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My Old House Attic

With no place to go but home, I've attended to several projects around the house and yard, which I'd not gotten around to. These projects include: reading back issues of our Home Group magazines; sorting through the junk mail; planting new trees and shrubs in my garden; power washing the back porch and cleaning out the attic.


In between projects, on lonely nights, I avoid the T.V. Instead, I often sit in front of the fire staring into the flames sipping my bourbon. It's been a chilly spring which has extended the fire with bourbon season. "Sometimes I sits and think. Sometimes I just sits."

Access to the attic in my old house is a pull down rickety ladder that steps up to a narrow opening in the ceiling. The attic is dusty and dry, with a low overhead and a dimly lit light bulb. It was packed to the ceiling with old boxes, records, big plastic bags filled with toys and stuffed animals and a steamer trunk full of Halloween costumes.


There were also photographs in frames, wrapped in newspaper, which my mother gave me over 20 years ago. I had never opened these and didn't even know what was in them.

After wrestling boxes, bags and the trunk down the ladder, I spread it all out over the guest bedroom floor. I opened the wrapping around the photos. There was a family portrait of my sisters and me; a picture of my grandparents on their wedding day and a black and white sepia tone photograph, likely taken around 1935 of my great grandfather Andrew Crozer Reeves.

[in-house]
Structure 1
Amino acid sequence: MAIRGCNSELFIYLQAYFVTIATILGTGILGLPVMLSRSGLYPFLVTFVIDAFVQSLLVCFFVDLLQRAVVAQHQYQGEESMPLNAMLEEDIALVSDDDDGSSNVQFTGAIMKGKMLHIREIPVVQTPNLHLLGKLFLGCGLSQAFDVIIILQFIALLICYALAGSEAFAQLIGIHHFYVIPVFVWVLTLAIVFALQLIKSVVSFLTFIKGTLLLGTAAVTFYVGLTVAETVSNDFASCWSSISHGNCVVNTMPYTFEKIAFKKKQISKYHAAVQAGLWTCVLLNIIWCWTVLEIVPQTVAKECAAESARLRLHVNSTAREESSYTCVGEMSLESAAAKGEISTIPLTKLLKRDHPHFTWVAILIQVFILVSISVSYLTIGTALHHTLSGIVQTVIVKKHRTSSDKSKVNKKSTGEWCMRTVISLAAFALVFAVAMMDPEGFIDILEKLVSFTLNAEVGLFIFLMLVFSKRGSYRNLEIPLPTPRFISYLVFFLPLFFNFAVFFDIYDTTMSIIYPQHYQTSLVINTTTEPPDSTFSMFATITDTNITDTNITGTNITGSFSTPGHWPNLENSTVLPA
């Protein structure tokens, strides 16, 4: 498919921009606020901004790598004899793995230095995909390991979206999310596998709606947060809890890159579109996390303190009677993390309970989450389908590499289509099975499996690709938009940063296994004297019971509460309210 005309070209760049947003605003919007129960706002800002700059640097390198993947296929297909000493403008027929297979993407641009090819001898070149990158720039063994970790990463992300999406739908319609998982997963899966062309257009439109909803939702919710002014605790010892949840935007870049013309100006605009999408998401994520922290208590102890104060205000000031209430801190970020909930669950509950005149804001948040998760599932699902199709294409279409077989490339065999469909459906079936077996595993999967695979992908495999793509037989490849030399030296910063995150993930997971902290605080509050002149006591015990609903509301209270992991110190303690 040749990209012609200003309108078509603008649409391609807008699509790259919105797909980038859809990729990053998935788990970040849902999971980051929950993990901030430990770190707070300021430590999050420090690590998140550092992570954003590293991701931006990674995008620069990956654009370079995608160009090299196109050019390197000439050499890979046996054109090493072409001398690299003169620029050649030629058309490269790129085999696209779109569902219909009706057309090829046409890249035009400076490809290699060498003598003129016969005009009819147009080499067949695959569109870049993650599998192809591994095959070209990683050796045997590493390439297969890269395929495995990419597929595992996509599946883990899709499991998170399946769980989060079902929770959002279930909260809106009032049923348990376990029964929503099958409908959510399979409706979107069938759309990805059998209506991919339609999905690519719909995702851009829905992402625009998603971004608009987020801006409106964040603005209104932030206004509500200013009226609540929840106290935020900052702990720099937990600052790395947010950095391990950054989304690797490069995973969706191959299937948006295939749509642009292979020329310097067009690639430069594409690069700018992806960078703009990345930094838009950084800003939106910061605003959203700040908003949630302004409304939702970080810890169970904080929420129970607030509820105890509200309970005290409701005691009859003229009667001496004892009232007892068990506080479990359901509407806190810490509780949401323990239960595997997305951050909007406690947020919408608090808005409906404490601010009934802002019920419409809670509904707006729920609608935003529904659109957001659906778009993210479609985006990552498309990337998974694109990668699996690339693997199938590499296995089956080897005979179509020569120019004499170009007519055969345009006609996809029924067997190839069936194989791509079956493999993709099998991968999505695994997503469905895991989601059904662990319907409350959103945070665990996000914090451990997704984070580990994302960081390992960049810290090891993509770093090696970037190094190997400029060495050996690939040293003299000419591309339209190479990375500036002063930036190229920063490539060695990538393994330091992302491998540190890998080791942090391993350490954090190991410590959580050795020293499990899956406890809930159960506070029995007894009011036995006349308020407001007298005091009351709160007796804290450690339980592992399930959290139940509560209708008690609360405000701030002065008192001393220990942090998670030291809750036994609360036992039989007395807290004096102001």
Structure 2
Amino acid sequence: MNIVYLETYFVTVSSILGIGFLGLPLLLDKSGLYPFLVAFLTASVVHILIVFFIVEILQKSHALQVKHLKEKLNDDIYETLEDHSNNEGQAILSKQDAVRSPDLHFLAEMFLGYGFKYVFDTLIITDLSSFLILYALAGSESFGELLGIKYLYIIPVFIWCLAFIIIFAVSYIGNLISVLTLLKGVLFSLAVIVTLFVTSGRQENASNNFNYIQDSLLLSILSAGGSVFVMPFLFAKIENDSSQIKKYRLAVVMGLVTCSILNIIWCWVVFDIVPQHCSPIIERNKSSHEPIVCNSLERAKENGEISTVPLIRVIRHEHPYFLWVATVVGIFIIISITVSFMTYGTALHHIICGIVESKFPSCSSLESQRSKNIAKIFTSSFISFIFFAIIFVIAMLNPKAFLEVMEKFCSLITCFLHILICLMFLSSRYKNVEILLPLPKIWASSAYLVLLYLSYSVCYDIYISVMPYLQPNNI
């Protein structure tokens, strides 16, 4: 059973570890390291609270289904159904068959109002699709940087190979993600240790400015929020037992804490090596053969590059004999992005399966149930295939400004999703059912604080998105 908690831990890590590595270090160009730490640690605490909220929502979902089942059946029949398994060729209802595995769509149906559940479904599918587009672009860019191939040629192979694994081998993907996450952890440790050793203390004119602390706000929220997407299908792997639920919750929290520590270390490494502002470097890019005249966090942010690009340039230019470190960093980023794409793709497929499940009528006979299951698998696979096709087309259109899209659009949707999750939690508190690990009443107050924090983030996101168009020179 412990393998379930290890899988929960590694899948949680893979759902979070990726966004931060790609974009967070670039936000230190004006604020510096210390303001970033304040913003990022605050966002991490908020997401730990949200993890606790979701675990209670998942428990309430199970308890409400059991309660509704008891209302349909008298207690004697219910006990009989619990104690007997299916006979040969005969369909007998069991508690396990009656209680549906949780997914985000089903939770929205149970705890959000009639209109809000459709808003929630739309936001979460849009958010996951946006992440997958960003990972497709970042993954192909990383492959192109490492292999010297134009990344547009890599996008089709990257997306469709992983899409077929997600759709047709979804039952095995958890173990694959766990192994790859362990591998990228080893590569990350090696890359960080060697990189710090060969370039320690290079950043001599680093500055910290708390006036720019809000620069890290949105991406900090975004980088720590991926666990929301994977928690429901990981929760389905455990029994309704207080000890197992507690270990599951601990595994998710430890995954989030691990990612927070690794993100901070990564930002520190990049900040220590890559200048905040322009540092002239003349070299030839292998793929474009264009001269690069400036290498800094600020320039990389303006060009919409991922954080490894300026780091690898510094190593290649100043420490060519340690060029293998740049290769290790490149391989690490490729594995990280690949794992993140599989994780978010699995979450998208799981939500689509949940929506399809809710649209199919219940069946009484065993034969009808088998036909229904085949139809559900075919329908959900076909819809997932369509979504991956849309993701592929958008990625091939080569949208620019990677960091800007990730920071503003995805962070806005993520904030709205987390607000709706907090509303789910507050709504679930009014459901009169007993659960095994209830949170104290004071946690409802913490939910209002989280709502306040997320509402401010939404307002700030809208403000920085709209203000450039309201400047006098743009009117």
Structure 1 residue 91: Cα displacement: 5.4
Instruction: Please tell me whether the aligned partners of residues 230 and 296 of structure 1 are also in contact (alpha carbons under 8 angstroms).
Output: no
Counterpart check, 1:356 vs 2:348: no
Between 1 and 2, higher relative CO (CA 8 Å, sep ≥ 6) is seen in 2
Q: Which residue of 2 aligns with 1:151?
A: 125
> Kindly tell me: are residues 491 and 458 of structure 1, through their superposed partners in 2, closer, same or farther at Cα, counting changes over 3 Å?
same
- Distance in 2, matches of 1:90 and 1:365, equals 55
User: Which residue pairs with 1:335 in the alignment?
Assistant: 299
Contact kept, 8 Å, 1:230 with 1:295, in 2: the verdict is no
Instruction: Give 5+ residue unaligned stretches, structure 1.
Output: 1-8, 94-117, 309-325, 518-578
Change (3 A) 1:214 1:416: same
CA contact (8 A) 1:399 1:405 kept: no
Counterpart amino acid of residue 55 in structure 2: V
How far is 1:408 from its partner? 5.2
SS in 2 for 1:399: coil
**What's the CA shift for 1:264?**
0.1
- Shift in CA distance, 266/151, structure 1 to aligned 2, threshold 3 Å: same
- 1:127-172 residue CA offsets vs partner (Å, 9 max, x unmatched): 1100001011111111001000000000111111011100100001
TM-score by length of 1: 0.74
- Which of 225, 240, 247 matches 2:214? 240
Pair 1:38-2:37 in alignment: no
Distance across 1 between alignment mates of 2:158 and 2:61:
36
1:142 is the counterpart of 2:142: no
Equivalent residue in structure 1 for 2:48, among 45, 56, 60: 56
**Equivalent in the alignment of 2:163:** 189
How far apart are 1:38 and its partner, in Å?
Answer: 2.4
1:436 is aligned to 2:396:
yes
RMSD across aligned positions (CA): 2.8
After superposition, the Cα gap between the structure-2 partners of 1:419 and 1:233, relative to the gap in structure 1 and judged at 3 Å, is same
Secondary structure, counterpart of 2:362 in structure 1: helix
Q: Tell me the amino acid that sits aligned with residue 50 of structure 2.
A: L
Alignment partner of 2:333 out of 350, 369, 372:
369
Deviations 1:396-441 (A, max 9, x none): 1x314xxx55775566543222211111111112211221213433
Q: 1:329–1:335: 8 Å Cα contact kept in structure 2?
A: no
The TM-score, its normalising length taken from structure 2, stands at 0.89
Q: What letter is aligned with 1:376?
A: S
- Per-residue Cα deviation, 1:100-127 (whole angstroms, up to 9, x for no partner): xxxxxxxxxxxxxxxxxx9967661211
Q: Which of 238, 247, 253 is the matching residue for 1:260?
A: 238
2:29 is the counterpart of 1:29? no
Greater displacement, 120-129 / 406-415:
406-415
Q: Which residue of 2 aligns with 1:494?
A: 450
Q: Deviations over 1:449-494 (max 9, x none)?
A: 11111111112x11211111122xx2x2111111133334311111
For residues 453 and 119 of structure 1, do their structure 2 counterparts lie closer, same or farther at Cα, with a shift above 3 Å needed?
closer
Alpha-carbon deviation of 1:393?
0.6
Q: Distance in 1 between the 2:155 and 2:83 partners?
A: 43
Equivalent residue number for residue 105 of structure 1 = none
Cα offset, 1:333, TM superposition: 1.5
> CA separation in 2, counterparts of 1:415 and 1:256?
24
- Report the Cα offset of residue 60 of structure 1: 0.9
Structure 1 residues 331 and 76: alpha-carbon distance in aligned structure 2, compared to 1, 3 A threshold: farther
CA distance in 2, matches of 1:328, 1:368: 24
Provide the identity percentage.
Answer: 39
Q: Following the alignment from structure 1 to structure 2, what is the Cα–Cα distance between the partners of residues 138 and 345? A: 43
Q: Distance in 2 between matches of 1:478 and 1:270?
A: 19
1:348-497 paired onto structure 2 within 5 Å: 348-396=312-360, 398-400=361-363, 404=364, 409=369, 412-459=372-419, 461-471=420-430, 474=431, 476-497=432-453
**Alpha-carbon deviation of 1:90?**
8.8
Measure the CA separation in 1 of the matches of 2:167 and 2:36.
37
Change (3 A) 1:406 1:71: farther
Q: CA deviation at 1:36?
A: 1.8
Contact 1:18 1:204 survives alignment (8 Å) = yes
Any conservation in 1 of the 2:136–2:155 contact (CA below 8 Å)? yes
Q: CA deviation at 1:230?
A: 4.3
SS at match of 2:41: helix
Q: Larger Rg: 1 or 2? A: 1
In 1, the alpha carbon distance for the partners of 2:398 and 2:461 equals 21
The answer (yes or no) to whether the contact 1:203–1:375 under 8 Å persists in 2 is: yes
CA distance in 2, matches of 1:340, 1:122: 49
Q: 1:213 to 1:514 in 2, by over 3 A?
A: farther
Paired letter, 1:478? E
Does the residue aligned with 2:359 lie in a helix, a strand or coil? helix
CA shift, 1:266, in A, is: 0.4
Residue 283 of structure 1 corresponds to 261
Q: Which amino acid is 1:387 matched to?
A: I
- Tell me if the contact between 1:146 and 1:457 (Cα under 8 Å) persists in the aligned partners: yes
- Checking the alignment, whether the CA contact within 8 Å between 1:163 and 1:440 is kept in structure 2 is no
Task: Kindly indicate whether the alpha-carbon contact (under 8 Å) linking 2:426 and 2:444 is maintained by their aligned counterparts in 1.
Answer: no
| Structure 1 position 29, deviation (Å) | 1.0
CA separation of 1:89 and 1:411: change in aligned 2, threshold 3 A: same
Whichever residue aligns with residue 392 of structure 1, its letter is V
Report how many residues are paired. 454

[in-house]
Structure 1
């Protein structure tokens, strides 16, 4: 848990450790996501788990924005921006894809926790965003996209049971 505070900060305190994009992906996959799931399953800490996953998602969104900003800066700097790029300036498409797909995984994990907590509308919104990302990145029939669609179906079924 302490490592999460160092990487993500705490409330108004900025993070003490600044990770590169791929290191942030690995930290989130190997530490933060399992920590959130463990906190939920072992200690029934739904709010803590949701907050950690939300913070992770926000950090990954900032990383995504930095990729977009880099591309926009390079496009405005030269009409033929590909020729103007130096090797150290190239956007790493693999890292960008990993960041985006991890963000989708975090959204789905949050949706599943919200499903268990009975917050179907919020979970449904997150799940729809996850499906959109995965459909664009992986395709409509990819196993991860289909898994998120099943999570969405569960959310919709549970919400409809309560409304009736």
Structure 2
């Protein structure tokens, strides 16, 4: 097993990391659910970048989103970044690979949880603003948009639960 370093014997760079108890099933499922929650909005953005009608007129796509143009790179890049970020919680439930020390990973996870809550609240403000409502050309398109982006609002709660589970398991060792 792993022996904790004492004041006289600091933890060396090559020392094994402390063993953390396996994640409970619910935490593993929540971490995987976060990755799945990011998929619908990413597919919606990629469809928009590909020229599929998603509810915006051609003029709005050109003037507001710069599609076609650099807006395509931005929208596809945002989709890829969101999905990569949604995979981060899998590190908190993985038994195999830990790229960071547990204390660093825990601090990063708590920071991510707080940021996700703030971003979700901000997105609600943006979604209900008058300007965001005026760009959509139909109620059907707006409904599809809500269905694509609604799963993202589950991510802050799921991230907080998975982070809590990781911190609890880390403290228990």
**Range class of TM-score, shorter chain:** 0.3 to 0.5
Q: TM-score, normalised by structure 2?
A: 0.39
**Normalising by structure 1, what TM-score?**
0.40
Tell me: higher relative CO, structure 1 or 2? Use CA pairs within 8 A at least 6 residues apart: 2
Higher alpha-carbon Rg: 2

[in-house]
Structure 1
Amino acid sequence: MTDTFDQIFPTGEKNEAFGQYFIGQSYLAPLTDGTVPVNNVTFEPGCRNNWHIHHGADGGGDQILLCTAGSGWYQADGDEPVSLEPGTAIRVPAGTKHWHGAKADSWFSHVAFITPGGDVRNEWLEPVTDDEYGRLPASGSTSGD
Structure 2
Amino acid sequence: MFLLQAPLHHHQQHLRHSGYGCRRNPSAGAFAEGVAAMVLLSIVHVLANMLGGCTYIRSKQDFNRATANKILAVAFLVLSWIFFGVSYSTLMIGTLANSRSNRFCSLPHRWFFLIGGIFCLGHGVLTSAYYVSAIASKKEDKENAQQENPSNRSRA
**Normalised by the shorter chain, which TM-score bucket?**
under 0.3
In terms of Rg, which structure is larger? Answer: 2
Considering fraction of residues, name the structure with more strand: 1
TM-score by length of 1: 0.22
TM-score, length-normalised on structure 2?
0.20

I never met my great grandfather Andrew Crozer Reeves, but I knew we had something in common. He was a publisher and so am I. He's on my mother's side, her mother's father. But guess what Andrew Crozer Reeves was doing in this photograph?

Andrew Crozer Reeves

Andrew Crozer Reeves

He is dressed in a three piece suit, with a pocket watch chain hanging across his vest. He sits on a wooden chair, his elbows resting on his knees, his hands clasped. He wears nice cuff links. He has a handle bar mustache and wire rimmed spectacles.

The room is dark except for the light from the the fireplace, where he sits staring into the flames. There is a glass of bourbon on a small table next to him.

If you've got no place to go but home, visit your old house attic. Be careful on the rickety ladder and watch your head. Maybe you'll find family treasures you forgot you had.

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